A message from President and CEO Bob Davidson:
Whether it’s spending time on our beautiful Puget Sound, hiking a mountain trail or visiting the park down the street from your home—everyone should have the opportunity to experience the wonders of nature. As a lifelong Pacific Northwesterner, I have many fond memories of enjoying the greenspaces that are all around us with my kids, friends and family.
Parks and open spaces contribute to our quality of life and play a critical role in protecting our local waters. King County is one of the fastest-growing regions in the country. As our population grows and our cities become denser, there are less places for our local wildlife to flourish. Ecosystems become disrupted and it becomes more difficult for local species to thrive.
Some of the most important habitats that help determine the health of our ocean are on land. Rivers and streams provide critical habitats for wildlife, estuaries are important nurseries for many birds and fish, and our beaches and shorelines are populated by a vast array of creatures that play a vital role in our marine ecosystem.
What we do on land matters in the ocean. Our greenspaces help filter stormwater by removing toxins that can hurt local water quality and impact our food chain. Preserving forests reduces air pollution and helps mitigate the impacts of climate change. And natural spaces help reduce CO2 outputs, which contribute to ocean acidification and warming waters.
Our local salmon population provides great example of the connection between land and sea. Forests and open spaces help ensure healthy rivers and streams, essential habitats for juvenile salmon. Our salmon not only provide food for us and jobs in our communities, they play a critical part of our greater food chain. Salmon are prey for land-based wildlife like eagles, seabirds and bears. They are a vital food source for many types of predatory fish, seals and of course our critically endangered southern resident orcas.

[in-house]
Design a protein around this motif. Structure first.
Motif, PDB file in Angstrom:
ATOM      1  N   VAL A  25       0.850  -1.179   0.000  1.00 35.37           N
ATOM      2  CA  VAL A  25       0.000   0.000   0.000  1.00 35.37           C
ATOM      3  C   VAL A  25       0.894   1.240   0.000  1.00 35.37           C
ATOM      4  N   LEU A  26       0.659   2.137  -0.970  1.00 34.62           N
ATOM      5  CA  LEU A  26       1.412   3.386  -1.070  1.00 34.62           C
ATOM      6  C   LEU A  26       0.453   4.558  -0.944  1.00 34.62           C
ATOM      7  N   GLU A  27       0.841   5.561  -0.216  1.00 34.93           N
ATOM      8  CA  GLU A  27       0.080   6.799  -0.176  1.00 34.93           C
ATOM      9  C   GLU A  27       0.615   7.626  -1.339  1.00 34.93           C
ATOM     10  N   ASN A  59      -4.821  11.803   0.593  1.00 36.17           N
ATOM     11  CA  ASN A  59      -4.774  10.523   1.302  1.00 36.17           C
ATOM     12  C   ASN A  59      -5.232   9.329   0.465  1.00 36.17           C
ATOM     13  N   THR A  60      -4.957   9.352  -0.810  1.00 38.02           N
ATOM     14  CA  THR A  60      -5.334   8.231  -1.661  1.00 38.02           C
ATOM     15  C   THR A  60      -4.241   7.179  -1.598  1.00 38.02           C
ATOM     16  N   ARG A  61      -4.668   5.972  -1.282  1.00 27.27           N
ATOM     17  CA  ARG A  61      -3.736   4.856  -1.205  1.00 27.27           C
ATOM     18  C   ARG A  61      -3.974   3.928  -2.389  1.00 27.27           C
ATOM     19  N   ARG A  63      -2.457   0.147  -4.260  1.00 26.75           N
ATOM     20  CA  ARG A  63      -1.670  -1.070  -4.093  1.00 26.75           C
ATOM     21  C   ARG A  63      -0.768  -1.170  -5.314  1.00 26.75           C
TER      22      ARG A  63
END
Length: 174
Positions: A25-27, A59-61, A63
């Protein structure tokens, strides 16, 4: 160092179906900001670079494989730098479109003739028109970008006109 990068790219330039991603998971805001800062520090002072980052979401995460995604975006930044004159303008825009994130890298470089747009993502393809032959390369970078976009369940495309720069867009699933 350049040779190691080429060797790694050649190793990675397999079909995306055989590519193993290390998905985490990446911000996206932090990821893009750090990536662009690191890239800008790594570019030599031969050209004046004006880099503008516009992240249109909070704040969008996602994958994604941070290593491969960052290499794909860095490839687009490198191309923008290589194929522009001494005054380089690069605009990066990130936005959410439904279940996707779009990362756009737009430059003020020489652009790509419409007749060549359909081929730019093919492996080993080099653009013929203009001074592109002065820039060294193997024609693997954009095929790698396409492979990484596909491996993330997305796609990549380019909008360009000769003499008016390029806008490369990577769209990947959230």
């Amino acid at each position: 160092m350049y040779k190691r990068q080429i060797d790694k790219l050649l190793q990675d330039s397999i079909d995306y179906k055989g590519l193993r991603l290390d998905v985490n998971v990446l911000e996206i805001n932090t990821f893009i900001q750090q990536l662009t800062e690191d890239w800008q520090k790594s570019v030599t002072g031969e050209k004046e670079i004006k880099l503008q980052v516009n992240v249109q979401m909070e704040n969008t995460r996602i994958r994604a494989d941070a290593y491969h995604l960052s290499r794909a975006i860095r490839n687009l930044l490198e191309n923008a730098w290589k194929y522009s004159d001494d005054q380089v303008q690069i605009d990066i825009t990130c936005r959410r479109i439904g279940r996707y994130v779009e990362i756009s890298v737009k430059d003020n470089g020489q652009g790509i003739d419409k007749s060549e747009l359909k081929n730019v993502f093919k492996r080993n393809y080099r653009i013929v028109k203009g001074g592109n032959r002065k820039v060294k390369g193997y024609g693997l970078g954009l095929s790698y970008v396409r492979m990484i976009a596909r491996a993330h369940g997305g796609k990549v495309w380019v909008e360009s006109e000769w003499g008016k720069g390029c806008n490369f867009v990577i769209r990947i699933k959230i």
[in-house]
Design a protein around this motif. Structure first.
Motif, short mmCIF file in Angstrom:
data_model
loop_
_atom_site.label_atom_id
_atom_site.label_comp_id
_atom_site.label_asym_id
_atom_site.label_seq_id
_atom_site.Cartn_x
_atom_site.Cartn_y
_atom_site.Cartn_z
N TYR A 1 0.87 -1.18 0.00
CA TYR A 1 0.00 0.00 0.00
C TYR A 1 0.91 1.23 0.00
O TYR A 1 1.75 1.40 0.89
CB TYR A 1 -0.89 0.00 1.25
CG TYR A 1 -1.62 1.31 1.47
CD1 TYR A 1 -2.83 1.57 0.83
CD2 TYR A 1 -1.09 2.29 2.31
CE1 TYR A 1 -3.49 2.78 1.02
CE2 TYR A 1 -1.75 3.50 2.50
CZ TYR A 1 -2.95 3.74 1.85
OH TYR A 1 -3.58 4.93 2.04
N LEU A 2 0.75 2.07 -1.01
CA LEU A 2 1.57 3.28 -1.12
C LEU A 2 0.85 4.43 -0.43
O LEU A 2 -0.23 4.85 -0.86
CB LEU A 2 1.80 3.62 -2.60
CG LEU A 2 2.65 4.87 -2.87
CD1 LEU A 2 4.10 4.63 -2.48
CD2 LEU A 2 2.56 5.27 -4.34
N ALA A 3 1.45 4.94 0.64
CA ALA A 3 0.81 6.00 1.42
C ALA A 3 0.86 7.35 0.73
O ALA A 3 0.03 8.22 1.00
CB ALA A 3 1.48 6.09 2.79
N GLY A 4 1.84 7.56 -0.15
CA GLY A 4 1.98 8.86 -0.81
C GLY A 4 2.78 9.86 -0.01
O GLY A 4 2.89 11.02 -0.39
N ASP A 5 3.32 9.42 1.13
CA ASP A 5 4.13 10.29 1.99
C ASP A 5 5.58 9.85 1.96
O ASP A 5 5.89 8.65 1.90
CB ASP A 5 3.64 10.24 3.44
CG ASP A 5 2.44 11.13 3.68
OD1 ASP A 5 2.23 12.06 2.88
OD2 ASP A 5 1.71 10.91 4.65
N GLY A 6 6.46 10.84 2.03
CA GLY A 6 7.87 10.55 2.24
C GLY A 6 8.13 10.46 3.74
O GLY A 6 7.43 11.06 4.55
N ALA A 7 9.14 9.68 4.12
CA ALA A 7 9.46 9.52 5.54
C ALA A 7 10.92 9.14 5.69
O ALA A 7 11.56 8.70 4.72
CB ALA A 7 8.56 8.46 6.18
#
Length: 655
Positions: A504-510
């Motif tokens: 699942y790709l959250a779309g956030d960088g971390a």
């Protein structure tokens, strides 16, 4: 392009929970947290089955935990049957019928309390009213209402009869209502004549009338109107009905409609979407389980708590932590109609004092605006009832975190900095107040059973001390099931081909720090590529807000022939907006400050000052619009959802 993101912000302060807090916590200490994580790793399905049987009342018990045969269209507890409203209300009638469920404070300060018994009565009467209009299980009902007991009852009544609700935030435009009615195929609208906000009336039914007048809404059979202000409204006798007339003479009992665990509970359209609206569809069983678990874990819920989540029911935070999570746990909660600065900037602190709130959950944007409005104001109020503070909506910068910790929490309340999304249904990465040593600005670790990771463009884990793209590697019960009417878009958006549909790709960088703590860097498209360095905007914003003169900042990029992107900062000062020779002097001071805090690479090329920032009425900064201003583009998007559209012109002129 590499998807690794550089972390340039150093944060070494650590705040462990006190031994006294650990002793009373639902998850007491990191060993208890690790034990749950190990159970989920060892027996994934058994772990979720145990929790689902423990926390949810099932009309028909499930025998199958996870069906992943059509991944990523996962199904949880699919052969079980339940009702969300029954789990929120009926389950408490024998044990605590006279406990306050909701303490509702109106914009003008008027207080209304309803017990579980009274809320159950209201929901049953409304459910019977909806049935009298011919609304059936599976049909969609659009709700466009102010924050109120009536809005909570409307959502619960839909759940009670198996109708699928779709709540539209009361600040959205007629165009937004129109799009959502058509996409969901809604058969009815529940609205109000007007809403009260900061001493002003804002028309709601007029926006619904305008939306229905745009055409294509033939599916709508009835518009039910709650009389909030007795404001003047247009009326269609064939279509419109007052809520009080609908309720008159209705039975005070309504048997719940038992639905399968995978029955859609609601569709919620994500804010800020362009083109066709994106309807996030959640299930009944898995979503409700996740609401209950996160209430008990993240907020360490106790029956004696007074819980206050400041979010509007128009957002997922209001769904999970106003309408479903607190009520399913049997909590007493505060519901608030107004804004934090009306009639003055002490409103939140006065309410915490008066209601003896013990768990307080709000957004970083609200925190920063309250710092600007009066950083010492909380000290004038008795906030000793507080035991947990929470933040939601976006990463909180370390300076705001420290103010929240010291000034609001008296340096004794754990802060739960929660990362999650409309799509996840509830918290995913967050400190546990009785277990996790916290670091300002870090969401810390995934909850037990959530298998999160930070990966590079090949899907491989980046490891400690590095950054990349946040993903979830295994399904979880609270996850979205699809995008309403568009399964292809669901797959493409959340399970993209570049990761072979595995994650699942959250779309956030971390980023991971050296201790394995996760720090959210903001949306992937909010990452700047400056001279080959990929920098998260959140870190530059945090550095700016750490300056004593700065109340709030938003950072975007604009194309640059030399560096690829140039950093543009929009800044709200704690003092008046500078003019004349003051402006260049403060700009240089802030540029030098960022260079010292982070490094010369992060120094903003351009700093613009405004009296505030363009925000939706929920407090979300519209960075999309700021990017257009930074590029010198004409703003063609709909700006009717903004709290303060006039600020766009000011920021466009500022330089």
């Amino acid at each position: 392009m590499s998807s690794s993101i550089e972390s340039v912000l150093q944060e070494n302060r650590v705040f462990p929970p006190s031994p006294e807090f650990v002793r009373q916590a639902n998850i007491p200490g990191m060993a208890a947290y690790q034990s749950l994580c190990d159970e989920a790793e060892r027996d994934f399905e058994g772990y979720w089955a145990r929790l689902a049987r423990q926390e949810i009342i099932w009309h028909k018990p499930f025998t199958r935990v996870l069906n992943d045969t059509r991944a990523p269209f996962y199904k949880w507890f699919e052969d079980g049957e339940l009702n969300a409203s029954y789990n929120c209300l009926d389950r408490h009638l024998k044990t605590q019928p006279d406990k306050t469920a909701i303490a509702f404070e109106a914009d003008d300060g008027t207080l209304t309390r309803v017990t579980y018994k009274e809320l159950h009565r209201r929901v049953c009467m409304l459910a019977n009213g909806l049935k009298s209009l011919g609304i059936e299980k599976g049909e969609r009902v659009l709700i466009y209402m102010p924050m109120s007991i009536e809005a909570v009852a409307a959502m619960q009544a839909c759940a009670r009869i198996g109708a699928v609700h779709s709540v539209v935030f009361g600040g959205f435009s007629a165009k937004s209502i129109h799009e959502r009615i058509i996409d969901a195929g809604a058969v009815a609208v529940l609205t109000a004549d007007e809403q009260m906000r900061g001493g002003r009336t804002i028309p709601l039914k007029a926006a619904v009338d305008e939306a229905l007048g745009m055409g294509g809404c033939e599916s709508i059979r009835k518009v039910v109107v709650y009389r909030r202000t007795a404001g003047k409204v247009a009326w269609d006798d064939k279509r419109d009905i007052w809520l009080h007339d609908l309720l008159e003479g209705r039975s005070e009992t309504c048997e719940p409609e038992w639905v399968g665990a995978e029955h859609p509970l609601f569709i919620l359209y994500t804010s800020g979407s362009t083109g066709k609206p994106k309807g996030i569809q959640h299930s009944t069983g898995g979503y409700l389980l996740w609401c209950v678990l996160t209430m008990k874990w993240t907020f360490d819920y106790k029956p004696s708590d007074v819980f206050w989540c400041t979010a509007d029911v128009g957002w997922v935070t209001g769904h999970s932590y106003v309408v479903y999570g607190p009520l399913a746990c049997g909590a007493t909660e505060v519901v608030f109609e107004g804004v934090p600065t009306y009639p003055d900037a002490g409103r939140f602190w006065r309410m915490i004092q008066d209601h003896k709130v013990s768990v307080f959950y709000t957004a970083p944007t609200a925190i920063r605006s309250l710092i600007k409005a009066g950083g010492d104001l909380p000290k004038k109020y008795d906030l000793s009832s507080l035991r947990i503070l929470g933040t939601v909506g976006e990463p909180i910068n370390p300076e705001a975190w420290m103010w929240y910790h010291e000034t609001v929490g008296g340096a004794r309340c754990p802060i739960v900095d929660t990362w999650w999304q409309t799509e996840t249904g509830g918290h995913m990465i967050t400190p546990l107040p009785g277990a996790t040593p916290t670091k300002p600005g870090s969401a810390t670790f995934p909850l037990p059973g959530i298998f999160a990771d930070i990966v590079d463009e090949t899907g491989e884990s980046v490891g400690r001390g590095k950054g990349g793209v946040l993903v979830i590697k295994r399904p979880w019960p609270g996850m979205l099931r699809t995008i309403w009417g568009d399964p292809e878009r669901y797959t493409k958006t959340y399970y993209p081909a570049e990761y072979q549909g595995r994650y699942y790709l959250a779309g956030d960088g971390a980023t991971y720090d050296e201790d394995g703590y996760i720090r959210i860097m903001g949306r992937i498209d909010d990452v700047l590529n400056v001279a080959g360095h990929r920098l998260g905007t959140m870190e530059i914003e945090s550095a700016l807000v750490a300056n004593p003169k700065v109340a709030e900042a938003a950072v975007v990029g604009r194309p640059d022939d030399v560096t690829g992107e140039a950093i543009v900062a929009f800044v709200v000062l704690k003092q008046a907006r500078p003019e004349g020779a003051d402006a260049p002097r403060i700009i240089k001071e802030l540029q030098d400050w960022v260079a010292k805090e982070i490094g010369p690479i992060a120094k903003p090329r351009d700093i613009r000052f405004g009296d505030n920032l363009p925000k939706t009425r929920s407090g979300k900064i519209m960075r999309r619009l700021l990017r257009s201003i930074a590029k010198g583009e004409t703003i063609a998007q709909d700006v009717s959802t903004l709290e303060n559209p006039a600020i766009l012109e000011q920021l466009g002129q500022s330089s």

How we manage our greenspaces is important to the overall health of our environment. It is because of this link that the Aquarium is proud to support the renewal of the King County Parks levy that will be appearing on your election ballot this August.
The parks levy will invest in conserving open spaces, parks, pools and playfields in every community across King County. It will protect habitat and clean water, provide active recreation, and increase opportunities to connect people with the beautiful green (and marine) spaces throughout our region. It will also provide funding to help expand the Aquarium and deepen our conservation impact, and invests in environmental education programming and free admission programs at Woodland Park Zoo.
The measure, which renews and replaces our existing levy, is supported by King County Executive Dow Constantine, a bipartisan King County Council majority, and many great organizations including: Cascade Bicycle; Forterra; Lake Washington Youth Soccer Association; The Nature Conservancy; The Trust for Public Land; The Wilderness Society; Washington Bikes; and the Washington Trails Association. It is a well-crafted and accountable measure that the Aquarium is proud to endorse.
We hope you will join us in preserving our region’s greenspaces and protecting our marine environment by voting yes on August 6. To learn more, visit kcparksforall.com—and please be on the lookout for your mail-in ballot in July.
We can all do our part, so remember: vote early and vote like our planet depends on it, because it does.